By the late 1930s, the market for custom coachwork had largely evaporated, hit hard by the Depression and the efforts of corporate stylists like GM's Harley Earl and Ford's E.T. Gregorie. Consequently, LeBaron was left with little work. The Thunderbolt, on the other hand, became LeBaron's most interesting and final endeavors, as the onset of full-scale American involvement in World War II would soon force the company to ultimately halt production.
The Thunderbolt concept was born of a pitch in 1939 by Alex Tremulis to Ralph Roberts at LeBaron. At the time, Tremulis was a promising young designer at Briggs Manufacturing, LeBaron's parent company, who later went on to help design the legendary Tucker Torpedo. Roberts was so impressed with the proposal that he organized a meeting with Chrysler's president K.T. Keller and Chrysler division president Dave Wallace to discuss the possibility of creating two all-new dream cars. The Thunderbolt was named after the land speed record-holding car that Captain George Eyston drove at 357.53 mph over the measured mile at the Bonneville Salt Flats in September of 1938 and the concept car was dubbed "The Car of the Future".
With the exception of the steel hood and deck lid, the body was constructed of aluminum, with a metal trim molding wrapping almost entirely around the car. Its design and construction was so impressive that, upon seeing the design, Keller asked how they were going to bend it around the front end. In response, Tremulis said they would make that section of brass and plate it. Delighted, Keller replied: "Sometimes you stylists think like engineers and make sense."
Chrysler's Thunderbolt made use of a 127.5-inch New Yorker chassis and a 323.5 cubic inch, "Spitfire" L-head inline eight-cylinder engine rated at 140 horsepower and 255 foot pounds of torque. The Thunderbolt also employed the three-speed Fluid Drive transmission that was not to see full development until after World War II on production Chrysler models. Additionally, it also featured an overdrive unit that permitted speeds in excess of 100 mph.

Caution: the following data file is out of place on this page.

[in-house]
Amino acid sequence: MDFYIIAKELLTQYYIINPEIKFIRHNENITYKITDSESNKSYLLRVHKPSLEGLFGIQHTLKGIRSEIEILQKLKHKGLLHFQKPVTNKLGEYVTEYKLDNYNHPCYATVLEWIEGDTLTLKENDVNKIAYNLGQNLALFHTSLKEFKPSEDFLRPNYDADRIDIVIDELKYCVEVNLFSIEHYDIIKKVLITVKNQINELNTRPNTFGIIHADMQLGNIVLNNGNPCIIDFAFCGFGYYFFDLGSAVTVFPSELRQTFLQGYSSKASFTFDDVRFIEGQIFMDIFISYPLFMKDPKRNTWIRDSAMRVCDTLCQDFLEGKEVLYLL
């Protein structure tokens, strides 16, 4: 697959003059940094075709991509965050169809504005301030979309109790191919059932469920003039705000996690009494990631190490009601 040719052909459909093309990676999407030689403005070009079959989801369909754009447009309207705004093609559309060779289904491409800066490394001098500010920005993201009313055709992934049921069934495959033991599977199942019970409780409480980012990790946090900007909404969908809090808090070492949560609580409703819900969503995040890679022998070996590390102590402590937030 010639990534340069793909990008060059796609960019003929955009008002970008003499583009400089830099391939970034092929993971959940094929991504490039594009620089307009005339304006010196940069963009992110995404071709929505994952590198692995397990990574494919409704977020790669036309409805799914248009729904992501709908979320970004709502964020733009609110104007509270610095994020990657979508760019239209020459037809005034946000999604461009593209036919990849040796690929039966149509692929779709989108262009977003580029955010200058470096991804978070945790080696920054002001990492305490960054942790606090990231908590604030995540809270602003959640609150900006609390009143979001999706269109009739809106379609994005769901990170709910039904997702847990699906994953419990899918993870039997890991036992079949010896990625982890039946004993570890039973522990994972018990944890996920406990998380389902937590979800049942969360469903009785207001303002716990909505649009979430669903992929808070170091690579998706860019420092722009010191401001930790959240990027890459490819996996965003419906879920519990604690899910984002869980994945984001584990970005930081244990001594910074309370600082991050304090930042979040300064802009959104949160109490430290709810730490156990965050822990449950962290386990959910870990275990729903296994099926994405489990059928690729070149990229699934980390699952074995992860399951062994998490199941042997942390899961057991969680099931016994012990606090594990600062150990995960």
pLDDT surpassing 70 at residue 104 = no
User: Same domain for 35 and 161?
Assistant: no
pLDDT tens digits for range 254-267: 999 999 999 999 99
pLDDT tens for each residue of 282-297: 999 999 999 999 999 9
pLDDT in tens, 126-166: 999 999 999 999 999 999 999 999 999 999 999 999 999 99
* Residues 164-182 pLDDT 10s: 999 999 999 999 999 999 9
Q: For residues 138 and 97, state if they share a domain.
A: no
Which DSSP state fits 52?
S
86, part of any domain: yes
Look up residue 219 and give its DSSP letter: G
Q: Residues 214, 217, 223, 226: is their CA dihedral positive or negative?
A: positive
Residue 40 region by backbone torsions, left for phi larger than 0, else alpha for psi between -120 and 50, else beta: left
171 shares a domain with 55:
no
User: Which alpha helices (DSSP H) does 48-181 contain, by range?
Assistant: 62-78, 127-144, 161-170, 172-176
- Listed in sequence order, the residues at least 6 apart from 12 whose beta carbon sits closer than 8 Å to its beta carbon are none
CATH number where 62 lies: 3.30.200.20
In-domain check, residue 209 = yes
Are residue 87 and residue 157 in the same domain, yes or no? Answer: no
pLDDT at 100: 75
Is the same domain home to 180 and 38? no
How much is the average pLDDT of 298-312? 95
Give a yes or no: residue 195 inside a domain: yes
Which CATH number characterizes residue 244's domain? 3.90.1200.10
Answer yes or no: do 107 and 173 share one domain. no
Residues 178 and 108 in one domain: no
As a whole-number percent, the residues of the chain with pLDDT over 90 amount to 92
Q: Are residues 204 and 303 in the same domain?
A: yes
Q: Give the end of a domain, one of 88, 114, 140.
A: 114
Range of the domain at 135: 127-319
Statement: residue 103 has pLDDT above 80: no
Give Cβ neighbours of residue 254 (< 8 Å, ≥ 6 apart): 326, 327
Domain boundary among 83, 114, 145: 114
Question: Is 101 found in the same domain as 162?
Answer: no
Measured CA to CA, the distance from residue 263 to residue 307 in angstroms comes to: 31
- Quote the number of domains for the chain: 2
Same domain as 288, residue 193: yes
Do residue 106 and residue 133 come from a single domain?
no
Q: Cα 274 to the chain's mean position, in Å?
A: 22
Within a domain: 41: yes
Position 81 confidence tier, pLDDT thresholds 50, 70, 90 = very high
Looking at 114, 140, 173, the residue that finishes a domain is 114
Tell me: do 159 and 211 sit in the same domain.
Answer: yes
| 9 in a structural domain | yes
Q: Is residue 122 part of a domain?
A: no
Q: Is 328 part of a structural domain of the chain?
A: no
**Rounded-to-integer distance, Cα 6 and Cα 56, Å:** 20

The Thunderbolt had push-button door switches both inside and out. The interior was lavishly appointed in leather and Bedford cord. It was also the first modern motor car to use back-lit, Lucite-edged illuminated gauges; inlaid into the dash, they perfectly complemented the Imperial steering wheel and vertically mounted and inset radio.
The Thunderbolt's most impressive design feature was the ingeniously designed, electrically operated, retractable hardtop. The flick of one switch activated three separate synchronized operations that caused the top to retract into a space behind the bench seat. Access to the trunk was provided via a fully automatic sliding rear decklid.
Each of the five original Thunderbolts received a different color combination and was marked by a discreet lightning bolt on the smoothly contoured aluminum doors. Subtle differences, such as the exterior wraparound trim and dashboard finishes, made each car unique from the others. The curved windshield design proved to be a serious challenge, as it had never been used on an automobile before, and the glass companies had nothing like it ready for immediate use. Fortunately, the firm commissioned for the project produced a suitable windshield just in time without having to revert to a split V-type piece. In fact, this single hallmark would not appear on regular production cars until the early 1950s.
In order to meet the Thunderbolt's short building deadline, aluminum side skin panels were applied over solid oak substructures, while the trunk and the hood were all made of steel. Chrysler engineers worked hand in hand with LeBaron, ensuring the integrity and quality of the cars would not be compromised under the tight time constraints of the project.
The cars travelled across the country and attracted tremendous crowds. Quite frequently, showroom lights were turned off, urging visitors to leave, as they often had a tendency to linger until well past midnight. A Sacramento, California Chrysler dealer even reported 8,500 visitors to his dealership on the day a Thunderbolt was in his showroom. A winter weekend in Denver attracted 29,000 visitors who braved the snow and hail to view Chrysler's and LeBaron's latest creation. Of the five examples ever built, only four remain today.
Sources: Our forum, RM Auctions & www.imperialclub.com.
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